Myanmar national logging ban to run until Spring 2017
The new Government of Myanmar has agreed a temporary national logging ban and a 10-year logging ban in the Pegu Yoma region.
The national logging ban will run until the end of March 2017, in effect closing the forests for one complete logging season. All exports of round logs from the country have been banned since April 2014.
For the duration of the new national ban, Myanmar will rely on stockpiled timber to supply its domestic wood processing industry and the international market; current stockpiles are sufficient to meet current demand for up to three years.
Access to these stockpiles will be controlled by the Myanmar Timber Enterprise (MTE), a Government entity, and the London-based Environmental Investigation Agency (EIA) stressed the importance of having controls in place to ensure full chain-of-custody for all stockpile sales to prevent illegally logged timber being laundered through the system.
As denounced by the EIA, between 2010-15, Myanmar lost 546,000 hectares of forests, about 8.5 per cent of its forest cover; only Brazil and Indonesia have worse rates.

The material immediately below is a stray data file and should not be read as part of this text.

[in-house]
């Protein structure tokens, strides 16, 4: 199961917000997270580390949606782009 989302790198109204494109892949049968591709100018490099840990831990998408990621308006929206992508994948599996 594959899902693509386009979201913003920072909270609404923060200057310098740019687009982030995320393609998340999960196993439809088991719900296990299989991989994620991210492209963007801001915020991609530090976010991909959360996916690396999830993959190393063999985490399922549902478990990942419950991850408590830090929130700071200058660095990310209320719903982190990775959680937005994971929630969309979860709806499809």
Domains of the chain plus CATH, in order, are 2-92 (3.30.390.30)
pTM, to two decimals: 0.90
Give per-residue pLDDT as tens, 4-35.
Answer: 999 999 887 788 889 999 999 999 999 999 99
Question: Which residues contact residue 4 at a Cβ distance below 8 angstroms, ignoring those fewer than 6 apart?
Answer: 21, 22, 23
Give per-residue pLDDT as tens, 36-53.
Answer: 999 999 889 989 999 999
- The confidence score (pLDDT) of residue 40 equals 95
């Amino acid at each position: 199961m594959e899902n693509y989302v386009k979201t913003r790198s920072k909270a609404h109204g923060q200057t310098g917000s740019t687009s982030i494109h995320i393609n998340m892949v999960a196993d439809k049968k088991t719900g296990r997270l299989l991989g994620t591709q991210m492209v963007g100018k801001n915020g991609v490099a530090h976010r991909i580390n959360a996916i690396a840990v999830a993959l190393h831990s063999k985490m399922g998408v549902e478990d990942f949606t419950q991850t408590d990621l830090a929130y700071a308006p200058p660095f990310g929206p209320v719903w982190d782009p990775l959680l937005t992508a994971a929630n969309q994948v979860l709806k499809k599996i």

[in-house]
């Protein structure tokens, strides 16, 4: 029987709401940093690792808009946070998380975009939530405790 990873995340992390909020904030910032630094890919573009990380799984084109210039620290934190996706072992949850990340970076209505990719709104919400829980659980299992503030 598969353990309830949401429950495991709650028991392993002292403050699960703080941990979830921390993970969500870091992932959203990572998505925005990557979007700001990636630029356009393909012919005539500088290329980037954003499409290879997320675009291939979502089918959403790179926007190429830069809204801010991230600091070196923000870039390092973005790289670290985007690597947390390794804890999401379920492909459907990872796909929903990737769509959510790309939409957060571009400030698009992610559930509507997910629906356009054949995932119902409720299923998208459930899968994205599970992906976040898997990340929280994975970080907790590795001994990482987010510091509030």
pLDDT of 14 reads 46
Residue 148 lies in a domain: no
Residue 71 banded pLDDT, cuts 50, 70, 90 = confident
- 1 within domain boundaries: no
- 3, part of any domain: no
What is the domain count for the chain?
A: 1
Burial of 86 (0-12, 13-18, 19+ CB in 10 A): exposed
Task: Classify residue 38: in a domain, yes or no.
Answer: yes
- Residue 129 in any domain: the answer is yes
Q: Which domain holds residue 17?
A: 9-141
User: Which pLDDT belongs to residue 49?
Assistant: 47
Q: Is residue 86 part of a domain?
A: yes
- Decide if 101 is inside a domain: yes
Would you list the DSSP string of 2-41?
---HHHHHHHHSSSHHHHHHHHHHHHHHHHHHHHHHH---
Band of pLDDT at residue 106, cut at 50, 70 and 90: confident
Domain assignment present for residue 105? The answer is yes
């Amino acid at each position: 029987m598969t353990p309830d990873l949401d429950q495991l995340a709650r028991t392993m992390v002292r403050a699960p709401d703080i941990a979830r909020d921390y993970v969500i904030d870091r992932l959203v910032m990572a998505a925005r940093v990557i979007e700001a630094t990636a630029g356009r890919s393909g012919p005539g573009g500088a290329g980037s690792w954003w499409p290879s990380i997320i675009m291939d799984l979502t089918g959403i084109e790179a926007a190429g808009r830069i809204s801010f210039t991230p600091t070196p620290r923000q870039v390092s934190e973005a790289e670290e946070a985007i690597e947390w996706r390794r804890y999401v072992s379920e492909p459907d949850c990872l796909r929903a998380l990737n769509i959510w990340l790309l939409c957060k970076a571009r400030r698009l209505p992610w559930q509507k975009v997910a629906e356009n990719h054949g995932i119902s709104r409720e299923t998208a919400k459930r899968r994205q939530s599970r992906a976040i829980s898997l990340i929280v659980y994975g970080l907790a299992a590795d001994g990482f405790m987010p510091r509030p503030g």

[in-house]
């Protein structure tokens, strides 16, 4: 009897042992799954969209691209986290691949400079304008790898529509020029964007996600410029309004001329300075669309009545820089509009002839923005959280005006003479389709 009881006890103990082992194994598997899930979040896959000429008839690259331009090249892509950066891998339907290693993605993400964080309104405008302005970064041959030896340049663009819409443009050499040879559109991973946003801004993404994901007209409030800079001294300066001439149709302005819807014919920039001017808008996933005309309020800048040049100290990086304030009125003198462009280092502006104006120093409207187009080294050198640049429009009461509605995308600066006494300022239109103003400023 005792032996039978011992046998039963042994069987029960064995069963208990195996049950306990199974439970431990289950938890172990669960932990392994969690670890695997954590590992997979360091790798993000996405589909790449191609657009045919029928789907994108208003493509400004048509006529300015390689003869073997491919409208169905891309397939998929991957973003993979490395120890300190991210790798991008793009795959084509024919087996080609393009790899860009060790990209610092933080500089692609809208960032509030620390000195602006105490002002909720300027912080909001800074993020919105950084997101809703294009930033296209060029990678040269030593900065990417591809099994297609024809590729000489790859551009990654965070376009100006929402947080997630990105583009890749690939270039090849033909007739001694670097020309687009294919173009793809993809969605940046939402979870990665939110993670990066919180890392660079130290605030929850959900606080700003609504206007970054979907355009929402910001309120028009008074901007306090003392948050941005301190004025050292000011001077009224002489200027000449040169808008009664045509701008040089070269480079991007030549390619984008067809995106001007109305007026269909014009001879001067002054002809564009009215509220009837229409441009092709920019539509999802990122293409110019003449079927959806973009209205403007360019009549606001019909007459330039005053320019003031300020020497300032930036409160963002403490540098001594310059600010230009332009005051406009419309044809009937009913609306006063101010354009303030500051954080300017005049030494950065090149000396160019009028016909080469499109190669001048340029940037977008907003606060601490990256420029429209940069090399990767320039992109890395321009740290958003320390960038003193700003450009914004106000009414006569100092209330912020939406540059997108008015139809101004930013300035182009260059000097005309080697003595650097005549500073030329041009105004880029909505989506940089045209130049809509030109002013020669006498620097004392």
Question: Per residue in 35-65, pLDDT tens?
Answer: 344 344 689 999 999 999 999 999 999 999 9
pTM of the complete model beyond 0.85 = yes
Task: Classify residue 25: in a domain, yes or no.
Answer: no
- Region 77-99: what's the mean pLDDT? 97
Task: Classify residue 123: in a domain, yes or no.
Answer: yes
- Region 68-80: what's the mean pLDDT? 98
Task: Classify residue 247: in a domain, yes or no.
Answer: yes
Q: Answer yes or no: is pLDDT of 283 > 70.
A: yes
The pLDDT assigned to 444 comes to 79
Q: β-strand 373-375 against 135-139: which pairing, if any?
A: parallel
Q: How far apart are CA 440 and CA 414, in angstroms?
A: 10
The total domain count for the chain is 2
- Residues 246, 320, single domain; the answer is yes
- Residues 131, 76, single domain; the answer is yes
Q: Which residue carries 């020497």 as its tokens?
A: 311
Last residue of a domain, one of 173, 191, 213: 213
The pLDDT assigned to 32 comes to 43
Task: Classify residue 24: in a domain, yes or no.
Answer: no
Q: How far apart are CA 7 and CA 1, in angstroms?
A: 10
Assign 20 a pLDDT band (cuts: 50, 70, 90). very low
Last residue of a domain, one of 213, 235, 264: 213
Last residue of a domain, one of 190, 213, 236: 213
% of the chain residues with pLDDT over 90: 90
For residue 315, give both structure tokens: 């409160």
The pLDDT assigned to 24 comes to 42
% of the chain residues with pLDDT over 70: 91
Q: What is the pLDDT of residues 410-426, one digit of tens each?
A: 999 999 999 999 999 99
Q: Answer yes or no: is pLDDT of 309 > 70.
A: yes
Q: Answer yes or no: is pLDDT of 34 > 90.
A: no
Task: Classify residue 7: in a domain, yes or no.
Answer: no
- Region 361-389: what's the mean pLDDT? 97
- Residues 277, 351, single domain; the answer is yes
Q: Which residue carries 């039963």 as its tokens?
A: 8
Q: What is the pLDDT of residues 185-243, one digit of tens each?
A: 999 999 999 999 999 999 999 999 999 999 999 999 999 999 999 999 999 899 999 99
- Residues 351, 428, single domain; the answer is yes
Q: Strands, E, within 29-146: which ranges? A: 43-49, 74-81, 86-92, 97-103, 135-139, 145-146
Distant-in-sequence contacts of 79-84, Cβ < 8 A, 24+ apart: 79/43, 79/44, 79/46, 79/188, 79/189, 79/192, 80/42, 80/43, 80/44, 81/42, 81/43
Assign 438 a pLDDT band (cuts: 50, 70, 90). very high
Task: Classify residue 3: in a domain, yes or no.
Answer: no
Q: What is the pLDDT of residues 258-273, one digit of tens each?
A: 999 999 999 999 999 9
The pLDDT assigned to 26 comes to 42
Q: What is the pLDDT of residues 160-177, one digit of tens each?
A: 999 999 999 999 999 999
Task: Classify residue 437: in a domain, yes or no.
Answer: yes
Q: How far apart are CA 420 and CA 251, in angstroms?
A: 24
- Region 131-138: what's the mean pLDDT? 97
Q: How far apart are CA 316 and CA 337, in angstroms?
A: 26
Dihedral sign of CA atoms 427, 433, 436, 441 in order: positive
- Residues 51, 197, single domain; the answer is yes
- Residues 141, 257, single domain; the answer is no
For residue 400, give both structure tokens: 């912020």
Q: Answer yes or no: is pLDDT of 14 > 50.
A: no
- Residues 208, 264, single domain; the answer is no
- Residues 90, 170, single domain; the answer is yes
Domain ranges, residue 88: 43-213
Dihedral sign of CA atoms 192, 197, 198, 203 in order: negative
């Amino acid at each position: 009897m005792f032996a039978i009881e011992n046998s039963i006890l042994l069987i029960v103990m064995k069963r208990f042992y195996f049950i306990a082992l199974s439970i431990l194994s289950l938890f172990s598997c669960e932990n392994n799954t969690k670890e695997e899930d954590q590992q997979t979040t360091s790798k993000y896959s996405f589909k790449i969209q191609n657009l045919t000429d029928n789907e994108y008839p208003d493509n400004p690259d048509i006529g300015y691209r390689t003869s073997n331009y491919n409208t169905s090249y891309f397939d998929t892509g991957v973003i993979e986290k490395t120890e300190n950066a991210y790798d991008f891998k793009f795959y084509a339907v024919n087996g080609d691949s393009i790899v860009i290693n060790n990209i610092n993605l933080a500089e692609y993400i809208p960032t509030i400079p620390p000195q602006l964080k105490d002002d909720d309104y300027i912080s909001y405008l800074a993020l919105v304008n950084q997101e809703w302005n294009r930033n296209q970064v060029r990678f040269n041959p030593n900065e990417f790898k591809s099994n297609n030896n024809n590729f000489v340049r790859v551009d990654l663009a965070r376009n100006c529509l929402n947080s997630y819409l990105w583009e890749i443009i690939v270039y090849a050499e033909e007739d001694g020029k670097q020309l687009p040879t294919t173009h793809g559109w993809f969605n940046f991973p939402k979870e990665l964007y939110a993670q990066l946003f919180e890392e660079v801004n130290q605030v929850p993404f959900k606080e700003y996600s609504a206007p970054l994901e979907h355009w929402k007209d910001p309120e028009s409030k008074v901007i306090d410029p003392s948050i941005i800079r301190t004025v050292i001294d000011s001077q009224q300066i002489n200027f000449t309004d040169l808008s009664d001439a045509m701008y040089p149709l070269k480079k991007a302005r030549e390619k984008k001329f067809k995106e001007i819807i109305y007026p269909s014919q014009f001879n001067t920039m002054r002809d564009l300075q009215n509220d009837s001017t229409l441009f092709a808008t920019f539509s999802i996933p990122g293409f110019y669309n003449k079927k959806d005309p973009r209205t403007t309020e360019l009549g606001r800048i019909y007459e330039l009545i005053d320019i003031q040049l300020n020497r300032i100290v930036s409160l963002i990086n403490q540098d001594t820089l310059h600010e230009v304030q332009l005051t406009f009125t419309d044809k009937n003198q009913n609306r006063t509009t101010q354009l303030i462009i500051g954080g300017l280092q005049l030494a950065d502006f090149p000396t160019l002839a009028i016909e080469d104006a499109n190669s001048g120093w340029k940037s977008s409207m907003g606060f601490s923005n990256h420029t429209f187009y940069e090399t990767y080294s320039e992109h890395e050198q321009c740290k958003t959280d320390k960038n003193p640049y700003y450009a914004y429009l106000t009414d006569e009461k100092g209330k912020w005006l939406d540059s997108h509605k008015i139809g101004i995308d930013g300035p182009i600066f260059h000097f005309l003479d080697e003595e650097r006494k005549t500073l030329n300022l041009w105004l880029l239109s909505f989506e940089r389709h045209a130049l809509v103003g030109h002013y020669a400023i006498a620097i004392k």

A further reform expected to be announced by the Government will prohibit private companies from logging in the country. The MTE previously sub-contracted to private sector firms to carry out logging, many of which had close ties to the former military government and which played a key role in over-harvesting.
Faith Doherty, Team Leader of EIA’s Forests Campaign, said: “This is a decision that demonstrates clear intent to tackle corruption within the forestry sector by Myanmar’s National League for Democracy-led Government, which only came to power in March. Of course, there is no one-policy solution to the problem and much work remains to be done, but this is a hugely encouraging and an optimistic place to start.”